2.6 Psychogeography and ‘edgelands’

Initial reactions to ‘Wire’ and ‘Power’ – I found the descriptions evocative and also reminiscent of forbidden forays of my own early teenage life with my best friend or my dog into old bombed sites and semi-urban lanes on the outskirts of Manchester – with their potential threats of meeting with men in wait for teenage girls, gang knife fights between rival football teams and the odd murder.

Many of the descriptions also resonate with areas along my daily walk in Cambridge that I have chosen for ‘Transitions’. And the book is definitely one source of inspiration to which I shall return many times as I progress with that project.

But I agree with Marion Shoard:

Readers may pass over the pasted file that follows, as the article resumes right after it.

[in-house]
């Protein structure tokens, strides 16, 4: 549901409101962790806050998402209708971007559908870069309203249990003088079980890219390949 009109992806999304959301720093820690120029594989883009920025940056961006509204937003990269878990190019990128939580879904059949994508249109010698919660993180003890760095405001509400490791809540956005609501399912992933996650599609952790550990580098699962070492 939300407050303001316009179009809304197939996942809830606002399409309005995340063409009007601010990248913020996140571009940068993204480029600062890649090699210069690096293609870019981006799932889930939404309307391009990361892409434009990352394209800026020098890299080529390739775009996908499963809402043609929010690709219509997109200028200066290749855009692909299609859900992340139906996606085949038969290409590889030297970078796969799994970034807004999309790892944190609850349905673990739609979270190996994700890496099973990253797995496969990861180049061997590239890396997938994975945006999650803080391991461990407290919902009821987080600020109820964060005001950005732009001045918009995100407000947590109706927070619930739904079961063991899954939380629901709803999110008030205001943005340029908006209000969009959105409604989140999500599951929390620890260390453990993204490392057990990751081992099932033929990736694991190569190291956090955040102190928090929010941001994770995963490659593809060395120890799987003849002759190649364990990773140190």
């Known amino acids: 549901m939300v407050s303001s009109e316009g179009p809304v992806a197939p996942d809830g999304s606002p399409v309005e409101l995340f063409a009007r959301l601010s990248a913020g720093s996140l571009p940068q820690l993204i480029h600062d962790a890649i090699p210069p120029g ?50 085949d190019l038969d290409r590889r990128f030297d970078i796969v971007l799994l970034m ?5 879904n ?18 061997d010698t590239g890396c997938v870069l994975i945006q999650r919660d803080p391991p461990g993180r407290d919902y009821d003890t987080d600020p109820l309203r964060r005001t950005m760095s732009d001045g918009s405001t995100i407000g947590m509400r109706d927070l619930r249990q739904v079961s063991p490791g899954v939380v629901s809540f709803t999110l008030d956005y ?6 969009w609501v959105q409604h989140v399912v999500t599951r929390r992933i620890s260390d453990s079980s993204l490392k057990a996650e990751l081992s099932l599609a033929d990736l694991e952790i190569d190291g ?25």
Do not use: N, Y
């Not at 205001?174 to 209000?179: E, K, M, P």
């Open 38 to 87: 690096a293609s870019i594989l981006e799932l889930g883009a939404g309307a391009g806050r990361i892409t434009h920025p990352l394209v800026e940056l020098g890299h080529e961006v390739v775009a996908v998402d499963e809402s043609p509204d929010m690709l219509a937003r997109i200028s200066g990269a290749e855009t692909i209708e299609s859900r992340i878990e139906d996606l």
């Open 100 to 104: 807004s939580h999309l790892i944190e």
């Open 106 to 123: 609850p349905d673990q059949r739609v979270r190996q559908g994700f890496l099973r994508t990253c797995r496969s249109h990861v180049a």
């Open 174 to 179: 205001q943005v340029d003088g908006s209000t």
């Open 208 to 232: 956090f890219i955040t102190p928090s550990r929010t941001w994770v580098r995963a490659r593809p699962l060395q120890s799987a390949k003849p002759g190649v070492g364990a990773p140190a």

This book could perhaps have had more investigative rigour. The edgelands now need something beyond a merely subjective celebration of their identity. Far more than our towns and countryside, they are being subjected to ceaseless change. Wild space is being prettified at the expense of its character and creatures. Industrial ruins are being cleared away.

We could be in the process of losing this landscape just as we are discovering its charms. Should we be trying to conserve it, as we conserve the best of rural environments? Or would any attempt to regulate this space destroy the wildness that makes it special?

It is time for us to consider what relationship we want to see in the long term between our activity in the edgelands, their epic infrastructure, their unique wildlife and industrial archaeology and their peculiar place in our imagination. 

Marion Shoard Guardian Review

Robert Macfarlane Guardian review

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